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Women Face Increasing Violence In Iraq, Afghanistan And Somalia, Senior U.N. Official Says
ISSUE 249
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The Somaliland Government Denies Leaning Towards One of Somalia’s Factions

We Will Unify All Somali People Including Somaliland, Ethiopia And Kenya: Turki

Shari'ah Law To Be Applied In Somaliland - President Rayale

Why Islamic Courts Can't Win War Against Govt

UN’s Annan Urges Restraint In Somalia

Filming Lands Somali Journalists In Trouble

Written Answers

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Held For Arms Smuggling

Somaliland Pushes For Recognition As Tensions Rise

SA, Somali Traders Meet To Solve Conflict

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U.S. Urges Somalia's Neighbors Not To Interfere

Georgia Trial Believed To Be First In U.S. Over Genital Cutting

U.N. Report Says Somalia Deteriorating

Germany Is Right To Take On A Global Role

Somalia: Up to 12 Countries Could Be Sucked Into Conflict

Camp Falcon : What Really Happened?

A Courageous Man Speaks Out - Hugo Chavez at the UN General Assembly

Islamist Radicals Still On The March In Somalia

Fears Of Jihad In Horn Of Africa

FEATURES & COMMENTARY

A Land In Limbo

Rwandese Business Leaders are keen to invest in Somaliland

Coffee And Controversy In 'Little Mogadishu'

Women Face Increasing Violence In Iraq, Afghanistan And Somalia, Senior U.N. Official Says

OUT OF SOMALIA

Standoff In Somalia

Perilous Somalia Stories Worth Risk, Sacrifice

Food for thought

Opinions

Threat Of A Regional War Looms

A Revolutionary Momentum: Time To Choose Between Freedom And Holy Dictatorship

Silencing The Watchdog

Somaliland and ICU war inevitable or wishful thinking of reactionaries?

Islamophobia, Terrorism and Fragmented Immigrant Communities

Open Letter to Eng. Mohamed Hashi


By EDITH M. LEDERER

UNITED NATIONS, October 27, 2006 -- Women are facing increasing violence in Iraq, Afghanistan and Somalia, especially when they speak out publicly to defend women's rights, a senior U.N. official told the U.N. Security Council.

Noeleen Heyzer, executive director of the U.N. Development Fund for Women, called on for fresh efforts to ensure the safety of women in countries emerging from conflicts, to provide them with jobs, and ensure that they receive justice, including compensation for rape.

"What UNIFEM is seeing on the ground -- in Iraq, Afghanistan, Somalia -- is that public space for women in these situations is shrinking," Heyzer said yesterday. "Women are becoming assassination targets when they dare defend women's rights in public decision-making."

Heyzer spoke at a daylong open council meeting on implementation of a 2000 resolution that called for women to be included in decision-making positions at every level of striking and building on peace deals. It also called for the prosecution of crimes against women and increased protection of women and girls during war.

Undersecretary-General for Peacekeeping Jean-Marie Guehenno said that, in the past year, Liberian President Ellen Johnson Sirleaf became the first woman head of state in Africa, Liberia adopted an anti-rape law, women in Sierra Leone pushed for laws on human trafficking, inheritance and property rights and women in East Timor submitted a draft domestic violence bill to parliament.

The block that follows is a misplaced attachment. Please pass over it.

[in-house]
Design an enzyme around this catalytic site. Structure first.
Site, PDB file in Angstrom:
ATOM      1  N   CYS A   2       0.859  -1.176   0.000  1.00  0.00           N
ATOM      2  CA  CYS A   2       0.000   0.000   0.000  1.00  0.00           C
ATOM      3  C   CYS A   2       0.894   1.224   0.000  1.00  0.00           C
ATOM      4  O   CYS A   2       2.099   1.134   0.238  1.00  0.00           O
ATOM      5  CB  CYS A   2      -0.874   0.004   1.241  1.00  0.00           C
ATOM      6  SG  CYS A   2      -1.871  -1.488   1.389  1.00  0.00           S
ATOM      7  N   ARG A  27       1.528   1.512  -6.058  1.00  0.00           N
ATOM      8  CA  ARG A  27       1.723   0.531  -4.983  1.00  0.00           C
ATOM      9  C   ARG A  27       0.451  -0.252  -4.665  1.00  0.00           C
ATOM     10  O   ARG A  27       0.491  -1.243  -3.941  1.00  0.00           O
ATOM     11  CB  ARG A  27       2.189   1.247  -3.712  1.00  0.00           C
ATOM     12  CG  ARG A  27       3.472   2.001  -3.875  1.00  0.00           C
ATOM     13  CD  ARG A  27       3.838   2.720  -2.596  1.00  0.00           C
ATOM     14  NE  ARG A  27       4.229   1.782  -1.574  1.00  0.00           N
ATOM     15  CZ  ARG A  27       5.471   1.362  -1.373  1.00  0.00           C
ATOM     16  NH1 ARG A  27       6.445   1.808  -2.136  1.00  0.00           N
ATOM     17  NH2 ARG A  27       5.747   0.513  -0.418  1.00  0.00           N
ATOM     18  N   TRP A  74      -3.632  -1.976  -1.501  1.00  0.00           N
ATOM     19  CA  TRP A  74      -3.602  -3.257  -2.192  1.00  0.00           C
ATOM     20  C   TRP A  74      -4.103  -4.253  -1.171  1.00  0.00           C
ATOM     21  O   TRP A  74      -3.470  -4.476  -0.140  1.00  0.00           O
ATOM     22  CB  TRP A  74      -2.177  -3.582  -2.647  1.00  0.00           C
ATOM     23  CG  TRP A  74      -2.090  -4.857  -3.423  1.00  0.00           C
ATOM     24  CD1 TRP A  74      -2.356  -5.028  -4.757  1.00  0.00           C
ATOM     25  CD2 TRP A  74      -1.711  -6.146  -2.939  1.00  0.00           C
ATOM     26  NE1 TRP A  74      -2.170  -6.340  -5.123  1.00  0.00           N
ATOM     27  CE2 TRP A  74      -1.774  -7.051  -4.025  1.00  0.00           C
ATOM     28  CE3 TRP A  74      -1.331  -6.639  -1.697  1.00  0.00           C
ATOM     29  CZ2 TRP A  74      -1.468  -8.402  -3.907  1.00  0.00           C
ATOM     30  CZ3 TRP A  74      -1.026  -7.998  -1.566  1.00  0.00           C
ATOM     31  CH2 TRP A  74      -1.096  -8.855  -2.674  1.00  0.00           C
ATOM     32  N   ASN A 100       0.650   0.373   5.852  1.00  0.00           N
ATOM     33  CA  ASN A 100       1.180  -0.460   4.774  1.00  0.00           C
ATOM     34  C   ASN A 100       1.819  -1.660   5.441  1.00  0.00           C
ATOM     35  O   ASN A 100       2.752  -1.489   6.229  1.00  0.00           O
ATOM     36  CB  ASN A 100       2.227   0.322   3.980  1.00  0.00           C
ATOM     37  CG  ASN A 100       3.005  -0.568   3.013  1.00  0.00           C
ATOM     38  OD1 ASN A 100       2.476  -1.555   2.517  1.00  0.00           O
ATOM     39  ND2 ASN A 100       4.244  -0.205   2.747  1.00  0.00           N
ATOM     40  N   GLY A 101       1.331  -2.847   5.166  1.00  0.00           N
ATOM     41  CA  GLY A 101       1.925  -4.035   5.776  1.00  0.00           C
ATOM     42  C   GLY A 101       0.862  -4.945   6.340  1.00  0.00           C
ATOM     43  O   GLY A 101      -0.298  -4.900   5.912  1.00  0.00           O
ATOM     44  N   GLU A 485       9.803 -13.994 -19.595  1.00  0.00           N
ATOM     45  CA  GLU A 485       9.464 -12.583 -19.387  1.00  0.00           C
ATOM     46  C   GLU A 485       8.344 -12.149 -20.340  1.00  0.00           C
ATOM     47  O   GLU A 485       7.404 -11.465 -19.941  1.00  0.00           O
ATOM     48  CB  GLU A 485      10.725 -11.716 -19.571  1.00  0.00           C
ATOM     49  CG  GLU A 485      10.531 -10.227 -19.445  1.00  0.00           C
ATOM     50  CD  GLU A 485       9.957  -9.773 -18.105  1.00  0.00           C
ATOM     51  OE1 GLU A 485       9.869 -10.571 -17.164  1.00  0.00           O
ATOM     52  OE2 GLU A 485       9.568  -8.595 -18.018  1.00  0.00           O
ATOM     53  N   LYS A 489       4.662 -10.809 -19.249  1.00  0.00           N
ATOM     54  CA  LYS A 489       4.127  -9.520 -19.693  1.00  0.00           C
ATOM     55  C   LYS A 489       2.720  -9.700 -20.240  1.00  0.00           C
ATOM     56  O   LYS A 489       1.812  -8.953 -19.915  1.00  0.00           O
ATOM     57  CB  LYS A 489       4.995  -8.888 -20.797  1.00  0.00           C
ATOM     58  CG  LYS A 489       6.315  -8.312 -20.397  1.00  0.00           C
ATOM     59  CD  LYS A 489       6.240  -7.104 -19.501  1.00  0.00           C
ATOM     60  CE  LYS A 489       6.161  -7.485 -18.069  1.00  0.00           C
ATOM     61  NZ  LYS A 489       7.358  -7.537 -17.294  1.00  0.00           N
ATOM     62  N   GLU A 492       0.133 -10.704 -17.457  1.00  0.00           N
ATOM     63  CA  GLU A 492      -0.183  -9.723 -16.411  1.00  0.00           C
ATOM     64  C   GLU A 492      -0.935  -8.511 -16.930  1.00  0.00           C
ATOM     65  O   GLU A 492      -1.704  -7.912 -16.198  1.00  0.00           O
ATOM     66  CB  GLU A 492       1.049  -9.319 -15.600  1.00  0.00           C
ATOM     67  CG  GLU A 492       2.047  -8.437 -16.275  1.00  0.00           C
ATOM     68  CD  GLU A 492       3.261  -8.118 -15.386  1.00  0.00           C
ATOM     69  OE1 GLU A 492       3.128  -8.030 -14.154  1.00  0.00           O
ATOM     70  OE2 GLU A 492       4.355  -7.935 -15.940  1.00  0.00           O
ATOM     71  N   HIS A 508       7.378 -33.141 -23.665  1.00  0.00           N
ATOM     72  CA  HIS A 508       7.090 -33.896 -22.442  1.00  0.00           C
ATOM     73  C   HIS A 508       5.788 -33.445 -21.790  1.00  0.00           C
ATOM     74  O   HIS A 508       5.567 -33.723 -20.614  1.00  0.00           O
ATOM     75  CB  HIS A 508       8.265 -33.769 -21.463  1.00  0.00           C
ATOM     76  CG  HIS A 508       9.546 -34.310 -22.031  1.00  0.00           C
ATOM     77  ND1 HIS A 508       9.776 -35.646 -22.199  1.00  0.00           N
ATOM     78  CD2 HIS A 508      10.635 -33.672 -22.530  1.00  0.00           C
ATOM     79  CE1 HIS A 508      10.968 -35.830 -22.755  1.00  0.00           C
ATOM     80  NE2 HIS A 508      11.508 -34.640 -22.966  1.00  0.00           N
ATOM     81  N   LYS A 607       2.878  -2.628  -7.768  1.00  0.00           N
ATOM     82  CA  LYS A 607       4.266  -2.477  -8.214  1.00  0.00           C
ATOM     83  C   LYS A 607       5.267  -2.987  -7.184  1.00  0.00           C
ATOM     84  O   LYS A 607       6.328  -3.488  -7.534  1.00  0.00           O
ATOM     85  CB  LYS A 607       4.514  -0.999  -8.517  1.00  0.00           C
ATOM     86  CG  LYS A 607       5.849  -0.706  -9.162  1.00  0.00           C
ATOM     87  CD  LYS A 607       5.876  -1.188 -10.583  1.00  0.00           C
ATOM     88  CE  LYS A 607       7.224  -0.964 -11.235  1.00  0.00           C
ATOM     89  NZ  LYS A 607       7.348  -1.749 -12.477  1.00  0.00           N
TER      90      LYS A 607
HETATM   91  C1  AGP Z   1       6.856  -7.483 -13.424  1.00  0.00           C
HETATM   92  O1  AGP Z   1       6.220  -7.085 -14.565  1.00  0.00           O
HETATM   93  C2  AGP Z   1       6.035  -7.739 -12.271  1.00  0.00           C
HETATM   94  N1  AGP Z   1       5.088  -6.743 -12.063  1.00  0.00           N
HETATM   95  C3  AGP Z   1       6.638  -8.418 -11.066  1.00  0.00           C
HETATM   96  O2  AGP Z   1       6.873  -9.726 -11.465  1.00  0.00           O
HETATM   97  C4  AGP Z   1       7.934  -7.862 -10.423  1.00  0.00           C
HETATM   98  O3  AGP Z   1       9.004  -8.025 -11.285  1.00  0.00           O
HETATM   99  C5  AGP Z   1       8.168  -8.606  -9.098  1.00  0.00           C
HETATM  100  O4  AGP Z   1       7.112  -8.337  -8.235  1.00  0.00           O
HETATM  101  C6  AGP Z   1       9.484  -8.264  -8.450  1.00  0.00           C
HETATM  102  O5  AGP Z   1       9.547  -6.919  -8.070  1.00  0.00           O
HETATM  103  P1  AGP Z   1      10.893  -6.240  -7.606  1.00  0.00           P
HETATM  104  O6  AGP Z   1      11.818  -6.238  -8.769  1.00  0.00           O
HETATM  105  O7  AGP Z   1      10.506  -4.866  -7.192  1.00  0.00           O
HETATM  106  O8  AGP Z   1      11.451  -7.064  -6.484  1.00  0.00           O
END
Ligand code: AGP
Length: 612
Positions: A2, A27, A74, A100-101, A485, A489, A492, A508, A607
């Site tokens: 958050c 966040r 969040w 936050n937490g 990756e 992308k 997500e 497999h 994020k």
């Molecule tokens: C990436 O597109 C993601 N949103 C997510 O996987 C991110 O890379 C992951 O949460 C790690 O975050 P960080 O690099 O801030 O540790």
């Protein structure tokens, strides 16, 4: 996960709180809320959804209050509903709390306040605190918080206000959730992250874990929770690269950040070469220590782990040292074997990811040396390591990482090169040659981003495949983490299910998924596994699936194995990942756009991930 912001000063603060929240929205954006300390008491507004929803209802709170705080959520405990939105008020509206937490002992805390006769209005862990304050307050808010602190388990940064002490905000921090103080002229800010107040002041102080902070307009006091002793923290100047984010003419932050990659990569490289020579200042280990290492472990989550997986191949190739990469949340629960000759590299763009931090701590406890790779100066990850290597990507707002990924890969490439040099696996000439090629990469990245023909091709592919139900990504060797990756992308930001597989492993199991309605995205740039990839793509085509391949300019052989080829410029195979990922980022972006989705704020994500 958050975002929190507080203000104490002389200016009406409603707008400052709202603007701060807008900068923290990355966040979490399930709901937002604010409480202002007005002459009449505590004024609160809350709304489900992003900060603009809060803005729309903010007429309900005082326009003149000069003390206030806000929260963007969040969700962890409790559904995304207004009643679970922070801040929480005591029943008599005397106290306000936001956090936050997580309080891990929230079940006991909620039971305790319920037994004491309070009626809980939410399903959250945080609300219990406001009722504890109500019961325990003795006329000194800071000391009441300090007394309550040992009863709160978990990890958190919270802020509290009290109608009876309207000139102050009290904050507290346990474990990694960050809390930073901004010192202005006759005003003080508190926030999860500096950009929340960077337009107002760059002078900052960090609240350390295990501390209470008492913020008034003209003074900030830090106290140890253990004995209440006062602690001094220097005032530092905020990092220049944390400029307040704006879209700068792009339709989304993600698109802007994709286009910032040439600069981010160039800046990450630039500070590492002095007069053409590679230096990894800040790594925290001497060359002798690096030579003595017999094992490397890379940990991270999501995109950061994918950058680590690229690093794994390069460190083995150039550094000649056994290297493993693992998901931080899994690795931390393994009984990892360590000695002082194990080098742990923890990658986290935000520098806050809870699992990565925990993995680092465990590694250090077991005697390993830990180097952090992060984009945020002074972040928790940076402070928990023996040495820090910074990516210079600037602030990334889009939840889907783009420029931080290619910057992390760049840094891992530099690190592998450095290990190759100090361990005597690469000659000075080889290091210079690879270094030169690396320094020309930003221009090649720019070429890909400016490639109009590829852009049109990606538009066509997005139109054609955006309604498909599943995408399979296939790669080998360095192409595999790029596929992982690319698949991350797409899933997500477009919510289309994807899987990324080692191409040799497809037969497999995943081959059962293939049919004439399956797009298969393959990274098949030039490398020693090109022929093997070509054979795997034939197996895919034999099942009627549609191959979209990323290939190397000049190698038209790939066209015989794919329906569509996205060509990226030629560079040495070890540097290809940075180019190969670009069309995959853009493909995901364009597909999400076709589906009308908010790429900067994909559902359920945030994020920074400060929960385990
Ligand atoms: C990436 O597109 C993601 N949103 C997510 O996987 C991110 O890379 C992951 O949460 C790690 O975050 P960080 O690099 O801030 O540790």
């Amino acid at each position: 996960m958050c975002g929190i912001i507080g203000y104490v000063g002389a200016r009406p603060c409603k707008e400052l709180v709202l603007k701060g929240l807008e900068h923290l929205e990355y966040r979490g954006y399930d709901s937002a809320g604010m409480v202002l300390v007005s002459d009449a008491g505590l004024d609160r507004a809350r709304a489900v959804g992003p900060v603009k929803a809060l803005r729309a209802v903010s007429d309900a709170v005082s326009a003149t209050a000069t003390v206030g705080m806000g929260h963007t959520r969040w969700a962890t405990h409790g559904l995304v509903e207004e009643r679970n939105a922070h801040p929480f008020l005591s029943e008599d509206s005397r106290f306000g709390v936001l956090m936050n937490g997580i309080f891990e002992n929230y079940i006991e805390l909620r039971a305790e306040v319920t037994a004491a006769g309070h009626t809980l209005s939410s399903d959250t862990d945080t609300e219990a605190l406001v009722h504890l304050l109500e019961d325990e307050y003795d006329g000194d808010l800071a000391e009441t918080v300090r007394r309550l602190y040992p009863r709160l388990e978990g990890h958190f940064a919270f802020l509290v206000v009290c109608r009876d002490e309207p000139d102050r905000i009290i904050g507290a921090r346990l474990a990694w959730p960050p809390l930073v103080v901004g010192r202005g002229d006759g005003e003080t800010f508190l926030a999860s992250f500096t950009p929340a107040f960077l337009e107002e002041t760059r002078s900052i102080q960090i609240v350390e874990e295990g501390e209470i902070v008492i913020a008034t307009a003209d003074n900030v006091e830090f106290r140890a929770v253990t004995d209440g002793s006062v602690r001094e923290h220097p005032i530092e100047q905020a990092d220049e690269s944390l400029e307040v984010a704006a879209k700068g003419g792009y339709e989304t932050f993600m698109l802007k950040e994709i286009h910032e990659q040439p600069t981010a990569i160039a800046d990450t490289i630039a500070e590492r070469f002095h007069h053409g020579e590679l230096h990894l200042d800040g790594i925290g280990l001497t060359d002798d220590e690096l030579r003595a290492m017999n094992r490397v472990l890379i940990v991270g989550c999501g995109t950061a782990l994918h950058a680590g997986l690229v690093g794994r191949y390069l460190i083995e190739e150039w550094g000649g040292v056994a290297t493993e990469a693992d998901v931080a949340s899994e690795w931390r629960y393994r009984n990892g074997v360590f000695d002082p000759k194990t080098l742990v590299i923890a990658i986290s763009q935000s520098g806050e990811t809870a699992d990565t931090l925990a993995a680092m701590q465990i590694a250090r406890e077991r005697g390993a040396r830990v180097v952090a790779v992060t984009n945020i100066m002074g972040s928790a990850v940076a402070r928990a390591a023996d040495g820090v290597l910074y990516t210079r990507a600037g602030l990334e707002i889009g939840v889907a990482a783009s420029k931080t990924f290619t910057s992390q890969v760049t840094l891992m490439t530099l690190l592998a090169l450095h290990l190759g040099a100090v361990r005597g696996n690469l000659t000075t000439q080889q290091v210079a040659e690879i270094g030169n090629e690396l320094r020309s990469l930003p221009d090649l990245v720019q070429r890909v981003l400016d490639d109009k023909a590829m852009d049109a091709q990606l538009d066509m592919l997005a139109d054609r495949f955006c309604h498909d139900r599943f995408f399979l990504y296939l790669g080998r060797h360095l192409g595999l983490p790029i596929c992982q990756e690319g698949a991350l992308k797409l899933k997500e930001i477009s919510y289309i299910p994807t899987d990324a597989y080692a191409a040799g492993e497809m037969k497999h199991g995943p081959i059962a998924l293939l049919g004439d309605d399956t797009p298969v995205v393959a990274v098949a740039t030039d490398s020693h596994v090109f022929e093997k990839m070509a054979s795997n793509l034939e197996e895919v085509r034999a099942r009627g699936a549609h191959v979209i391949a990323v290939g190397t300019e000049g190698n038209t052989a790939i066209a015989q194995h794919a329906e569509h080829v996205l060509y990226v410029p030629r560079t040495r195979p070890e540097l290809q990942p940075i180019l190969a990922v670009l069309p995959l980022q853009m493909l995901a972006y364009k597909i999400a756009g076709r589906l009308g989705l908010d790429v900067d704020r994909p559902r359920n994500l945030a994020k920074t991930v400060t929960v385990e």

Despite these positive developments, he said, women face widespread insecurity and in many societies violence is still used as a tool to control and regulate the actions of women and girls seeking to rebuild their homes and communities.

"In Afghanistan, attacks on school establishments put the lives of girls at risk when they attempt to exercise their basic rights to education," Guehenno said. "Women and girls are raped when they go out to fetch firewood in Darfur. In Liberia, over 40 percent of women and girls surveyed have been victims of sexual violence. In the eastern Congo, over 12,000 rapes of women and girls have been reported in the last six months alone."

Assistant Secretary-General Rachel Mayanja, the U.N. special adviser on women's issues, said that from Congo and Sudan to Somalia and East Timor, she said, "women continue to be exposed to violence or targeted by parties to the conflict ... lacking the basic means of survival and health care."

At the same time, Mayanja said, they remain "underrepresented in decision-making, particularly on war and peace   issues."

Assistant Secretary-General Carolyn McAskie, who is in charge of supporting the new U.N. Peacebuilding Commission which was established this year to help countries emerging from conflict, said her office will try to ensure that "space is created for women's active participation in political, economic and social life."

"We cannot ignore the voices of the women from the time we broker peace onwards," McAskie said. "Peacemaking is not just an exercise involving combatants, it must involve all of society, and that means women."

At the end of the meeting, the council said it "remains deeply concerned by the pervasiveness of all forms of violence against women in armed conflicts." and reiterated its strong condemnation of all acts of sexual misconduct by U.N. peacekeeping personnel.

Allegations of sexual abuse have also been reported in peacekeeping missions in Congo, Bosnia, Kosovo, Cambodia, East Timor and West Africa.

Source: The Associated Press

 


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